As a parent of three girls all four years and under life is interesting to say the least. What has become fascinating to watch is the relationship and interaction between my oldest and my middle daughters- a four year old and soon to be three year old at the end of this month. My four year old is in pre-K which has been wonderful. Learning her numbers, writing her name and most important becoming formally socialized to other children. She has done great- whatever that means for pre-k, right?! The fact is through her school socialization she has grown used to a day to day school routine complete with following specific rules and having clear expectations laid out to her each school day. She has developed an acceptable pattern of behavior complete with spelled out guidelines and boundaries. Consequently, car rides home from school and conversations around the dinner table are often focused around her explaining her day- what she did and what her teacher said. Like most first-born she is a rule follower, at least as much as a four year can be! Moreover as a parent it is really cool to see how open she is because I know that as she gets older that most likely will not last. So I take what I can get right now. . .
Now for my middle child she has yet to have any formal schooling. She lives in her own world and has not yet been “benefited” by having rules and instructions laid out to her by anyone really other than us- her parents and her day sitter. So what is the culmination of all of this?
A clash of cultures. 1492 all over again. My oldest assumes rules and patterns of behavior preached, learned and followed at school will be applied at home. She mistakenly (by no fault of her own) thinks that her younger sister has been socialized accordingly. The disconnect is tremendous some afternoons when they square off. For my middle child all bets are off. Everything is a zero sum game with her. For example, sharing does not come easy for her, nor does waiting her turn or waiting until someone else is done playing with said toy or object. In her mind, whatever it takes in that moment is most important- indeed the ends always justifies the means.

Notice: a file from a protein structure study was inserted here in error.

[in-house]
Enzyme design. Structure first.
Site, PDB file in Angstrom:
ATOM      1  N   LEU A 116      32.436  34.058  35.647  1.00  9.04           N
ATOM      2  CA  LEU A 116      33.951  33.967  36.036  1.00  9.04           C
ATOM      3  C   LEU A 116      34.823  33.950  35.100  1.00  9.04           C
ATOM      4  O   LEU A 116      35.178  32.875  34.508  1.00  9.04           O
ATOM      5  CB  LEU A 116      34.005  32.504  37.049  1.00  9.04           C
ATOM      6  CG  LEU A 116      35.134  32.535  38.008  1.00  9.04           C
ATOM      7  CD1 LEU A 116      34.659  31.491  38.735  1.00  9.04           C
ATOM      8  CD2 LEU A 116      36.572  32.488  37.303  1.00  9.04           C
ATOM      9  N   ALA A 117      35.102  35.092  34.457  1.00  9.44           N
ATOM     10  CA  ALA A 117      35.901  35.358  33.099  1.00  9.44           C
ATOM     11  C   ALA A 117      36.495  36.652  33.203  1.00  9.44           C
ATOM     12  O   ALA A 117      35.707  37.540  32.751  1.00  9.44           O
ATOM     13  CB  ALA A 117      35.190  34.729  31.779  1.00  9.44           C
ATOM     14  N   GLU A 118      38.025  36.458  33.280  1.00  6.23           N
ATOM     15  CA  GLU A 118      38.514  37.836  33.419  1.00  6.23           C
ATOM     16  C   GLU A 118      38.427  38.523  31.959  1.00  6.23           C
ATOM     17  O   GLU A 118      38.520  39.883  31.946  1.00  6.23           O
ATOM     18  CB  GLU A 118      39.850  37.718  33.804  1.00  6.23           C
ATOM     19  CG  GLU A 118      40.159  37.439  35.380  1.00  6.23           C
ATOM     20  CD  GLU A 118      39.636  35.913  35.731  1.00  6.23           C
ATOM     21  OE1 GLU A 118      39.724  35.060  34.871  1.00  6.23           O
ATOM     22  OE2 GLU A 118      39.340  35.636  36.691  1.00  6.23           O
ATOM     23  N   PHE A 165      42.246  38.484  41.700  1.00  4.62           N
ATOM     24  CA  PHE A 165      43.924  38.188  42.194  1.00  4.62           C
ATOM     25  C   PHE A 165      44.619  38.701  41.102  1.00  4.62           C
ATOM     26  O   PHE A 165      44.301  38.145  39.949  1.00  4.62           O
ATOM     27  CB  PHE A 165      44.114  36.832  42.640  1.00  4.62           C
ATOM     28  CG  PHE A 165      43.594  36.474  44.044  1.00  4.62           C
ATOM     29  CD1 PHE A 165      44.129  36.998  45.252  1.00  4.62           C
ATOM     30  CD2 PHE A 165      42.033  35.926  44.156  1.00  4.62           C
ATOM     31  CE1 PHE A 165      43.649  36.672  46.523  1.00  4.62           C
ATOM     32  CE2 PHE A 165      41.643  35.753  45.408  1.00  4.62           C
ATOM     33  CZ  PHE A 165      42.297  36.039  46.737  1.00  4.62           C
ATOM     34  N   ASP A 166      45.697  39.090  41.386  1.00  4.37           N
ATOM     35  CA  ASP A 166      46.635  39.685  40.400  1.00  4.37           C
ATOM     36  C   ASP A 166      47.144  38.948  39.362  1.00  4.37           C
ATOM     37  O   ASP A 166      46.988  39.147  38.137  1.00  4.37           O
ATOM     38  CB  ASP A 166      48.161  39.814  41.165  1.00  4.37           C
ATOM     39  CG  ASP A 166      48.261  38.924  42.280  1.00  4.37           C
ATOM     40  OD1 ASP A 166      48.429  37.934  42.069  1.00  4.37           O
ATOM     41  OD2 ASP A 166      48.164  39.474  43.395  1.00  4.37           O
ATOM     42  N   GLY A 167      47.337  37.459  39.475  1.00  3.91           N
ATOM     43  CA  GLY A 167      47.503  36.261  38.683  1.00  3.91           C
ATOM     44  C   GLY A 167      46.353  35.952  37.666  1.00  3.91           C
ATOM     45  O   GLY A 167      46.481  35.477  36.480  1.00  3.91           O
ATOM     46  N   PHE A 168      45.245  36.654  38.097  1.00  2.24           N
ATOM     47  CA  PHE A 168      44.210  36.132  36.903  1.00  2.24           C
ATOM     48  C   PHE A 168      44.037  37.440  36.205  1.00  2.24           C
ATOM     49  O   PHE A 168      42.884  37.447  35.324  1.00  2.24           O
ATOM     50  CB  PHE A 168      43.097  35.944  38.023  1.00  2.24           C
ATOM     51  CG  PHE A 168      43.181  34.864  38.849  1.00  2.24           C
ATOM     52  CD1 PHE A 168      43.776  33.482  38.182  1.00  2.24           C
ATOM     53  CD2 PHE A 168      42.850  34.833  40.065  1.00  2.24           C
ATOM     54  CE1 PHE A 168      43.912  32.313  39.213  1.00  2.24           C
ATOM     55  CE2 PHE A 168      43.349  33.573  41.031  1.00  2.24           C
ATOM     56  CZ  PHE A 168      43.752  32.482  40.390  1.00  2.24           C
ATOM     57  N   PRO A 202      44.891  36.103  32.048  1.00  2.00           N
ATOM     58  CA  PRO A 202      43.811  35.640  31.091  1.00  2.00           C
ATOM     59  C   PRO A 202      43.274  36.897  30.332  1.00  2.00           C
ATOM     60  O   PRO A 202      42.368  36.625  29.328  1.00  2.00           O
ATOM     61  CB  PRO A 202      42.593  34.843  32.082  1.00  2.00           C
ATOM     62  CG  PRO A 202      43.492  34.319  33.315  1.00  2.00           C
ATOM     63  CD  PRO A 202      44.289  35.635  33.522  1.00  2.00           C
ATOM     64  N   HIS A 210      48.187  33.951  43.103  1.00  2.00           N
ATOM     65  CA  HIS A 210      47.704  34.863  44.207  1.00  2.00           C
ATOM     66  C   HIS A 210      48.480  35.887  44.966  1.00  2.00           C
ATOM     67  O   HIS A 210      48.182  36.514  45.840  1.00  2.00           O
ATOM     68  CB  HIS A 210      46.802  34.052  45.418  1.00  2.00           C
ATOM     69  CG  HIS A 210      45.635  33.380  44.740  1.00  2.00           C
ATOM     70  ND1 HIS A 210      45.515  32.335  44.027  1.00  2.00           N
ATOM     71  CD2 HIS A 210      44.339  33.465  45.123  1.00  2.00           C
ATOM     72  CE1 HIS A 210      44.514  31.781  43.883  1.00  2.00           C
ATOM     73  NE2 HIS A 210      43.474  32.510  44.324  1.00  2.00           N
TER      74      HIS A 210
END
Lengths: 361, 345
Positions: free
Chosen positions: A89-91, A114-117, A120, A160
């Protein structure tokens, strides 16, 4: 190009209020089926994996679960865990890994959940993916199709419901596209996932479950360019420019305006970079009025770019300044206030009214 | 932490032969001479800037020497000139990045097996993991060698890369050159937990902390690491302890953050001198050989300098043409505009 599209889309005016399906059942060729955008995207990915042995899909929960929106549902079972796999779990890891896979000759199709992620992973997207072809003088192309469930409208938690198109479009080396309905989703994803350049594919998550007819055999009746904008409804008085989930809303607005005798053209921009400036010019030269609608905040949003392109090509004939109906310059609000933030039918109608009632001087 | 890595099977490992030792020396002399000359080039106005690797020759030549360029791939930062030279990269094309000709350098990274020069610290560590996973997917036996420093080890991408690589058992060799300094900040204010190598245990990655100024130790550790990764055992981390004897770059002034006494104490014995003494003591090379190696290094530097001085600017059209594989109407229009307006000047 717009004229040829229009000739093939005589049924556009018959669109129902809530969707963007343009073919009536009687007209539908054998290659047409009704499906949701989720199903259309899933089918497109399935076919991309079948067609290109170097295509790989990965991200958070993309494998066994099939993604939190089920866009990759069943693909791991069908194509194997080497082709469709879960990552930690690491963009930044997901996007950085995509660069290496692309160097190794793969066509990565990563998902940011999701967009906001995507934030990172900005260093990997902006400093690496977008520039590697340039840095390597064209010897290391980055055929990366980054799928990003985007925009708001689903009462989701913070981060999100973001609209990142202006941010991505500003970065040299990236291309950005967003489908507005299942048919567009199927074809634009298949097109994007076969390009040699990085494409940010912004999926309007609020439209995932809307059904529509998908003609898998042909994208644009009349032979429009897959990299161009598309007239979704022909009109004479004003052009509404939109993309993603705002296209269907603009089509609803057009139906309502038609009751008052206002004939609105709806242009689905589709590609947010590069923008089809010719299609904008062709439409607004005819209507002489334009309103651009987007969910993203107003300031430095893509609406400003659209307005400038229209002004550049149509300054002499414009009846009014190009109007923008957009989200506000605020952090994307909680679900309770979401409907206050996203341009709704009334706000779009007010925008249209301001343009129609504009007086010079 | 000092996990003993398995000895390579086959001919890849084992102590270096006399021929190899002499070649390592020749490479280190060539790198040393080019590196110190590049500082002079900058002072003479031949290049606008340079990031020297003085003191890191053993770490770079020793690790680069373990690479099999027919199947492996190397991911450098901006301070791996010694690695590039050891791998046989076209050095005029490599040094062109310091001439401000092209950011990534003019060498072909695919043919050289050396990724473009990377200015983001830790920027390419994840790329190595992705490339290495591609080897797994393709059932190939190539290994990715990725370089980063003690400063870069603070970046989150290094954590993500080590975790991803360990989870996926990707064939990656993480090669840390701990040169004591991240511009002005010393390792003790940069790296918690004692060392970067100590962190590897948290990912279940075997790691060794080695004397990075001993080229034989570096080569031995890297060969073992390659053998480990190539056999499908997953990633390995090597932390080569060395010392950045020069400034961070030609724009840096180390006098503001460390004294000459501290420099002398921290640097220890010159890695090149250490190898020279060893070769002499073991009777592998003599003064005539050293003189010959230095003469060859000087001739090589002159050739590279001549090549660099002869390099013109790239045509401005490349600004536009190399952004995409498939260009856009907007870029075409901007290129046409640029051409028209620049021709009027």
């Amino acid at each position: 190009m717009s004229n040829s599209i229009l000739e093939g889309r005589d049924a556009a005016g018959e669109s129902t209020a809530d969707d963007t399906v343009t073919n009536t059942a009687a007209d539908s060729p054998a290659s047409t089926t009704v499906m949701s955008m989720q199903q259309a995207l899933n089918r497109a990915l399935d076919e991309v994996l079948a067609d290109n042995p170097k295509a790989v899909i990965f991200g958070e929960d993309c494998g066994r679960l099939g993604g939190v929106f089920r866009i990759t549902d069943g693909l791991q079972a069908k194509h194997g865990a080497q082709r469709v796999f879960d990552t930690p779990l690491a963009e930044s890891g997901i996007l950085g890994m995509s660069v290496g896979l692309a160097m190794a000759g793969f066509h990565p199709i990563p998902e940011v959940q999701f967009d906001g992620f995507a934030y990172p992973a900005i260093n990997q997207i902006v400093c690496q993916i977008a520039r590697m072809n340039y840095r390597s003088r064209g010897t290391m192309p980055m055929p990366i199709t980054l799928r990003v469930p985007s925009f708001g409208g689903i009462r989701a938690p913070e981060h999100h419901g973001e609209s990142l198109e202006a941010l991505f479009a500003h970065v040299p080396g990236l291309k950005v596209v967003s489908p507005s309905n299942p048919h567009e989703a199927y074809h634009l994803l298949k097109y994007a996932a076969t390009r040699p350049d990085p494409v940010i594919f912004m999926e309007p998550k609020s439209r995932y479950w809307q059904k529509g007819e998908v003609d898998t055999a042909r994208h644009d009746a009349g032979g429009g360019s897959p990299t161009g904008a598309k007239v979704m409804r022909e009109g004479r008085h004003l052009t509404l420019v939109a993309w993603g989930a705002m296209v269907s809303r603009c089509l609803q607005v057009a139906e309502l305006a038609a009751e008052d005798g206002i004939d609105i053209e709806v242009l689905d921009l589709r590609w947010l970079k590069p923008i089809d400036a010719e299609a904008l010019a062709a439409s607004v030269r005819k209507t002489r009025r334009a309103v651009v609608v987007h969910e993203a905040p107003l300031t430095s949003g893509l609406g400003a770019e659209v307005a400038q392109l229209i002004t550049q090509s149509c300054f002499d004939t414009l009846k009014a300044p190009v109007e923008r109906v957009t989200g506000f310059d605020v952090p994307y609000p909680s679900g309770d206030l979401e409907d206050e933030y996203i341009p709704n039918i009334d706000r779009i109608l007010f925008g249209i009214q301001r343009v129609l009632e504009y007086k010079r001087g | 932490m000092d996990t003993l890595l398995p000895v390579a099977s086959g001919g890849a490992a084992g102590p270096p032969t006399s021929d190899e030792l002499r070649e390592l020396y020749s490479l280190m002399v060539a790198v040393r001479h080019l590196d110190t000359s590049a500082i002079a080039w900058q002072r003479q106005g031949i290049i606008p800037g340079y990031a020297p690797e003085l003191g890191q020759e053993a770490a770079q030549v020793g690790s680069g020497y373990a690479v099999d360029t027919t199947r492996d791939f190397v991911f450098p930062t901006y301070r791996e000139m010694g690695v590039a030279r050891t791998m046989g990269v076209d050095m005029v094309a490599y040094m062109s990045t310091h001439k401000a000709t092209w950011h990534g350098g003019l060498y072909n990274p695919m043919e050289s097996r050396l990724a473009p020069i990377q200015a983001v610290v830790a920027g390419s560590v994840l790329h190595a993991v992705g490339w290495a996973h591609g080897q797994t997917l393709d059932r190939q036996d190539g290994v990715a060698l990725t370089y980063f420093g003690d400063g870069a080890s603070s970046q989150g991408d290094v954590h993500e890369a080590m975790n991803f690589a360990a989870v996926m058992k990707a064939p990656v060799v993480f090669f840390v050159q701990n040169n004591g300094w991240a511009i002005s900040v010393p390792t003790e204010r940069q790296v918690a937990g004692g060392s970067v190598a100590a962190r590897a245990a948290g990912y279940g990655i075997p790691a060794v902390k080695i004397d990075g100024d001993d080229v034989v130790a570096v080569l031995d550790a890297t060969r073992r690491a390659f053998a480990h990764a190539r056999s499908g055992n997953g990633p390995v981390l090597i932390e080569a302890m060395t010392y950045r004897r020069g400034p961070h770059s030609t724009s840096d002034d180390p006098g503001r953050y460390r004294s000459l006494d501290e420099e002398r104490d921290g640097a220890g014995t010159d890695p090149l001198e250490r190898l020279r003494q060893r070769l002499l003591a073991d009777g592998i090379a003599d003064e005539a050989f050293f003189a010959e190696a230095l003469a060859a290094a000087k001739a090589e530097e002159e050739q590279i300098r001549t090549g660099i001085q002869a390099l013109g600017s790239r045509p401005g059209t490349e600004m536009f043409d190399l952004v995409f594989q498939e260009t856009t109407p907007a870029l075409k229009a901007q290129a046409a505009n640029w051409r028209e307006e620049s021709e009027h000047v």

Often my oldest thinks by merely asking her younger sister if she can play with a toy or a doll that such a kind gesture will be reciprocated by giving over said toy or doll. . .she becomes apoplectic when this does not happen. My middle daughter revels in achieving this response from her older sister. And in fact looks for these opportunities. One of her favorite pastimes lately is to stand in front of the TV while my oldest is watching. INSTANT REACTION. Mission accomplished in her book.
My middle child is not bound by the normal constraints of cooperation, sharing, teamwork and playing together unless she can immediately see the benefits. Her world can be a savage world of the haves versus the have nots. . .and when she is in the have not camp our entire household becomes aware.
In many respects playing in our household between my two oldest is not unlike America’s involvement in Vietnam. My oldest, much like America constantly needs to adjust to the fact that there exists no front lines and the normal rules of engagement do not always apply. For God’s sakes too don’t assume anything and have your head on a swivel at all times.
If nothing else it makes for an interesting household on most days.